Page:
Tomato leaf miner

Tuta absoluta


The tomato leaf miner is a small butterfly species from South America, which is a very difficult pest to control due to its hidden lifestyle and enormous reproduction potential. Since the moth mainly attacks tomatoes, where the feeding behavior of the larvae causes lasting damage to both leaves and fruits, it is classified as one of the most important pests of tomato crops.


Eggs: The laid eggs of the tomato leaf miner are cylindrical, 0.36 mm long and creamy white to yellow in color. Larval hatching begins as early as four to five days after egg laying.

Larvae: The tomato leaf miner moth goes through four larval stages during its development from egg to pupation. The larvae of the first larval stage are cream colored with a dark head capsule after hatching and are about 0.9 mm long. Larvae of the second through fourth larval stages are initially greenish, then slightly pinkish in color. The larvae of the fourth larval stage reach a length of 7.5 mm.

All larval stages have in common a dark shield in the anterior segment of the thoracic region (=prothoracic), directly behind the head capsule. In addition, as representatives of the butterflies, they have clearly recognizable pairs of legs. The development period from hatching to pupation is about 13 to 15 days.

Pupae: Pupation can occur in the soil, on the plant, in mine tunnels, in webs woven by the larva (cocoon), and also in the glasshouse structure or other objects (e.g., stored boxes). Pupal dormancy lasts nine to eleven days.

Adults: The adult moths are 6-8 mm in size and rather inconspicuous in color. The wings are silvery-gray in base color with characteristic dark spots in the forewings. The wingspan is 8-10 mm. Typical are the almost body-long, thread-like antennae, whose individual antennae links are strung like pearls.


Tuta absoluta is a leaf miner from the palp moth family (Gelechiidae) with a high reproductive rate (up to 260 eggs/female) which allows it to produce up to twelve generations per year.

The moths are nocturnal and hide among the leaves of plants during the day. The females lay their eggs freely on the leaves and stems of the host plants, but preferably on the underside of the leaves. The leaf miner requires a minimum temperature of 9 °C for its development. At 14 °C the development period is 76 days, at 27 °C only 24 days.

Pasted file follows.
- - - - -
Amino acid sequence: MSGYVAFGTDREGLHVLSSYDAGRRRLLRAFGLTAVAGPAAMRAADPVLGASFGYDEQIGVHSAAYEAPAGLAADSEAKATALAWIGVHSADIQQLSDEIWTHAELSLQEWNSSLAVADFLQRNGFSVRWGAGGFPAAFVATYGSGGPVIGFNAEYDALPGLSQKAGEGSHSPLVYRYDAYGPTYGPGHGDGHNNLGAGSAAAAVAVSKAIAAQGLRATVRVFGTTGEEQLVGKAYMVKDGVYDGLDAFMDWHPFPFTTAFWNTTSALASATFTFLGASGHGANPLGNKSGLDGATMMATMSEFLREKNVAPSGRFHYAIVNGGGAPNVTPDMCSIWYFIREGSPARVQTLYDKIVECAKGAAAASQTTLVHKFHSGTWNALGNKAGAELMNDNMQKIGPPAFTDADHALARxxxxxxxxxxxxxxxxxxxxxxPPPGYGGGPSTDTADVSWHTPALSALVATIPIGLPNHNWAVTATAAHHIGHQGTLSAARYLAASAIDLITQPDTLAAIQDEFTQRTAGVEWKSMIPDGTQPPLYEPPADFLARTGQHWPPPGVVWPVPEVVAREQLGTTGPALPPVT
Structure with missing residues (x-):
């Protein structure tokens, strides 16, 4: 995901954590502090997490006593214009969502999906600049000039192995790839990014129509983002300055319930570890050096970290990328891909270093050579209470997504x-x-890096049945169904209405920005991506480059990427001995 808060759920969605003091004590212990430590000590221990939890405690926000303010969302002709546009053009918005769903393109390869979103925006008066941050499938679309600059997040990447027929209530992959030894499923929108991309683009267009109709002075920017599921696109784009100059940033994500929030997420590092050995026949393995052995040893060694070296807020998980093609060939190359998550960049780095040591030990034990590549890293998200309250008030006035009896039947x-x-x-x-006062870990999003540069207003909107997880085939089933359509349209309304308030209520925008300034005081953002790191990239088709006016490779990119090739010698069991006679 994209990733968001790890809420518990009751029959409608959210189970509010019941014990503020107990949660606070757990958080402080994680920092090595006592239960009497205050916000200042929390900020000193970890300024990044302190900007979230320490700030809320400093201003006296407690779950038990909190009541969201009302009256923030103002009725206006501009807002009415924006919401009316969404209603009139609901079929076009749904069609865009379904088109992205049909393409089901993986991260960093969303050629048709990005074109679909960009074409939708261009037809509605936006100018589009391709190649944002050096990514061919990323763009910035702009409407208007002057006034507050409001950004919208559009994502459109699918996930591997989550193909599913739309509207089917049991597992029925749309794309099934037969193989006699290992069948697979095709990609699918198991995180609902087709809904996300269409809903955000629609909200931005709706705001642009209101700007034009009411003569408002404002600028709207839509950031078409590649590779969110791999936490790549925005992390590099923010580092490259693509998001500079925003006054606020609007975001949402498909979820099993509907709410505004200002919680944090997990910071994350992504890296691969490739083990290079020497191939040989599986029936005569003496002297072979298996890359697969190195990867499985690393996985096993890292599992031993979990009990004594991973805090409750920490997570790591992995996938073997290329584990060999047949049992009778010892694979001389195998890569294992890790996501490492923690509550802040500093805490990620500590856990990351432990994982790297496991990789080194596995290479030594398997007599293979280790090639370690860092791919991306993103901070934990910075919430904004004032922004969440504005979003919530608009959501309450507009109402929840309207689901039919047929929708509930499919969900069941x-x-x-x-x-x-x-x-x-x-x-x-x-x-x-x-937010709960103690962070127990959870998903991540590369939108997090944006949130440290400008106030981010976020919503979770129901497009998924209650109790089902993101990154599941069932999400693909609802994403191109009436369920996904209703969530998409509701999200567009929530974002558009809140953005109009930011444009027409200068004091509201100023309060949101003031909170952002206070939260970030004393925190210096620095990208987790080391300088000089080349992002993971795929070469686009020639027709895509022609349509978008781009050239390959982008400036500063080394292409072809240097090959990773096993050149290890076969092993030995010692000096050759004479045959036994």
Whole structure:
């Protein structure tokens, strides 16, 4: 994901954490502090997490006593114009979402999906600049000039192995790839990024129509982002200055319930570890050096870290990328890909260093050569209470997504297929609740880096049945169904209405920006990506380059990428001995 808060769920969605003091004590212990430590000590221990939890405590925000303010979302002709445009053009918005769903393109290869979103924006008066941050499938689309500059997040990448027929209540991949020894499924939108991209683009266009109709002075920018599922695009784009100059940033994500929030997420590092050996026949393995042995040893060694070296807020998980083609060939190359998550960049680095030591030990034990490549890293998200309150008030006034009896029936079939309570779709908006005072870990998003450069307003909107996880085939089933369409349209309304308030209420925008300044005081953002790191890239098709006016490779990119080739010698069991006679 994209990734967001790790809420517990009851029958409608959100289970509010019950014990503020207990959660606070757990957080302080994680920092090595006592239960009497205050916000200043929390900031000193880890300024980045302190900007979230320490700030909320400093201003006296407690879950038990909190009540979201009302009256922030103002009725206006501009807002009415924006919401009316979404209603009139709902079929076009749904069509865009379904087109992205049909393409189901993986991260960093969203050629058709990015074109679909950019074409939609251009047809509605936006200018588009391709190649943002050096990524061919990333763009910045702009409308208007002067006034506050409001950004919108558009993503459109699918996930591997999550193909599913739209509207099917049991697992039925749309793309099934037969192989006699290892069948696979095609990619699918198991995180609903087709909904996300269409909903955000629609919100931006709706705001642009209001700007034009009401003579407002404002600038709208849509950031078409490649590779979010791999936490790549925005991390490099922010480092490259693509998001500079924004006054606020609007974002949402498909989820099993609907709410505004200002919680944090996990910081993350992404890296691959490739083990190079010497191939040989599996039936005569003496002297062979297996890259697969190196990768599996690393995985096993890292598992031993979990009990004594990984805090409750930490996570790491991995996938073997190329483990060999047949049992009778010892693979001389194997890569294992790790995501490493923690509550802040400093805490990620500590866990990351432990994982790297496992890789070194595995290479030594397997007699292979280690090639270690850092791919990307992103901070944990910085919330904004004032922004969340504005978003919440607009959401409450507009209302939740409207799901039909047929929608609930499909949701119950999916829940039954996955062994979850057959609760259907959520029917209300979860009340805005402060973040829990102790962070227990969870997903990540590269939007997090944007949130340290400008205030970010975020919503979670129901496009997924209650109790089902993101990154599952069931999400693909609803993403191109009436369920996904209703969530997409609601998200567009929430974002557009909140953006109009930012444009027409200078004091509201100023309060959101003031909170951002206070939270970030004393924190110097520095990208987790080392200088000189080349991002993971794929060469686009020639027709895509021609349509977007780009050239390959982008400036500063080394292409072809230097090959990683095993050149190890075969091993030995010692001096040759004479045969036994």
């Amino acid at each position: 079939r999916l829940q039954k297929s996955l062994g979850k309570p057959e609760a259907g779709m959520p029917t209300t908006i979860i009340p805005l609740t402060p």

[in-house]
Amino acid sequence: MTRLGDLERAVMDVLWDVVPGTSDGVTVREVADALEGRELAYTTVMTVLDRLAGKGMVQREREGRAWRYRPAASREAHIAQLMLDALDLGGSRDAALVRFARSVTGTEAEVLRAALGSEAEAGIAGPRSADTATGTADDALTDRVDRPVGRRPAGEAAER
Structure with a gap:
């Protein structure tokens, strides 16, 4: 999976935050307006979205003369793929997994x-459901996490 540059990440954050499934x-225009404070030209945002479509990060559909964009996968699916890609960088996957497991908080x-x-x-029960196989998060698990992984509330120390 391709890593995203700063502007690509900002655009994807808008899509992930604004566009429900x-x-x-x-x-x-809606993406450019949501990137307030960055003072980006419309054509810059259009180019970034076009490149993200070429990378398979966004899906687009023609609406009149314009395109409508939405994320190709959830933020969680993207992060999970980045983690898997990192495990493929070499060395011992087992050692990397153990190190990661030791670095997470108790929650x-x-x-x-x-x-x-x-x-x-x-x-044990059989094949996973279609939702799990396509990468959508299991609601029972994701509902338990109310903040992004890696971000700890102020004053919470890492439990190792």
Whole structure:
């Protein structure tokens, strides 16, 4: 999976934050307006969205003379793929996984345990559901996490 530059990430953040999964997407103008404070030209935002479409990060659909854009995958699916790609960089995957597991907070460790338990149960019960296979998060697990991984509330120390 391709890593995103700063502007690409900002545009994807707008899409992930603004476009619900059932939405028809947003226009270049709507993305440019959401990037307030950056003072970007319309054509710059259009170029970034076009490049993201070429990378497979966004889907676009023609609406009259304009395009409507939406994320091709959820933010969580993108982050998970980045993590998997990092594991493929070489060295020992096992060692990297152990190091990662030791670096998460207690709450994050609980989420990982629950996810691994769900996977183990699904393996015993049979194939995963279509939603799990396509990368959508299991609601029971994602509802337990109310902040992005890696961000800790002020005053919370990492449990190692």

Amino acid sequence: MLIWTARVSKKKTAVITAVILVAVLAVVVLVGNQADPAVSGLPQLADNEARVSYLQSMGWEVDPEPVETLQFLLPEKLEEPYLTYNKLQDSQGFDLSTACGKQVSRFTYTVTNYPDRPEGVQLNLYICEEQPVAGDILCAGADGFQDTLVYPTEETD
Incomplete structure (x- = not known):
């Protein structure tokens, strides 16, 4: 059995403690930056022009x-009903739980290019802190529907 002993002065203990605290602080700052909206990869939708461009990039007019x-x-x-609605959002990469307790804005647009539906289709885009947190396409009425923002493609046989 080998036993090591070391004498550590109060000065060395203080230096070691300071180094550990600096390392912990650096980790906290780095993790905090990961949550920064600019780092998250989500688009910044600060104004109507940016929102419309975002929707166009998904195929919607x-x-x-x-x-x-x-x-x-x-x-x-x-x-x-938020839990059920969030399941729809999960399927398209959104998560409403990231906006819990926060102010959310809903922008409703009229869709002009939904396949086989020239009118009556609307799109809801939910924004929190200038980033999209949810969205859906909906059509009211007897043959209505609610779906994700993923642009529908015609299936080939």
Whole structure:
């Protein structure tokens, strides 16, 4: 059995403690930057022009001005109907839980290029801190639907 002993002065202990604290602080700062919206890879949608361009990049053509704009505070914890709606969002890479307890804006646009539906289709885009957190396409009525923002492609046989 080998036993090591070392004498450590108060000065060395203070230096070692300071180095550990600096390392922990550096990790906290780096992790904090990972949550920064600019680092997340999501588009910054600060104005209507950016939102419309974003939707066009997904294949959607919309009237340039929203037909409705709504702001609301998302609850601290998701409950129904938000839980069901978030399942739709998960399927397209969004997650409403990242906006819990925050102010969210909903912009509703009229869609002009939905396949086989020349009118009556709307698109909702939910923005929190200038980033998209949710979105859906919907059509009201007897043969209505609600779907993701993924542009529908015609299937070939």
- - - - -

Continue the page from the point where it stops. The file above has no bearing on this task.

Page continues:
In glasshouses, the tomato leaf miner can overwinter in all stages of development. If there is sufficient food available for the larvae, they do not go through a diapause (=development dormancy).

Damage symptoms

After the larvae hatch from the eggs, they preferentially penetrate leaves. Further development takes place in the plant tissue, with characteristic patchy mine tunnels forming in the leaves as a result of feeding activity. The larva feeds only on the mesophyll (ground tissue) of the leaves, leaving the epidermis (outermost leaf layer) undamaged, making the feeding sites appear transparent.

Larvae can leave leaf mines and infest stems and fruit. If fruits are infested, yield and fruit quality can be significantly reduced - both by the direct (feeding) damage and by further colonization of the wounded plant organs with secondary pathogens. If stems and trunks are infested, malformations and growth inhibition occur on the plants.

Heavy infestation with T. absoluta leads to complete leaf death and can result in the total failure of a crop.

Possibilities of confusion

The following pests can be easily confused with the tomato leaf miner due to similar symptoms after infestation of the host plants, as well as appearance:

Leaf miners (Agromytidae, Diptera):

  • The larvae of leaf miners also feed on leaves, but usually create serpentine mines inside the leaves. The mine passages of the tomato leaf miner moth are characteristically spot-shaped
  • Unlike the tomato leaf miner moth, the larvae of leaf miners have no discernible pairs of legs or head capsule; they also remain whitish-creamy and do not change color until they pupate (barrel pupa)

Cotton bollworm(Helicoverpa armigera):

  • The bores of both pests could be confused with each other, but those of the cotton bollworm have a much larger diameter of 5 to 10 mm (tomato leaf miner: 2 to 3 mm), in contrast to the tomato leaf miner moth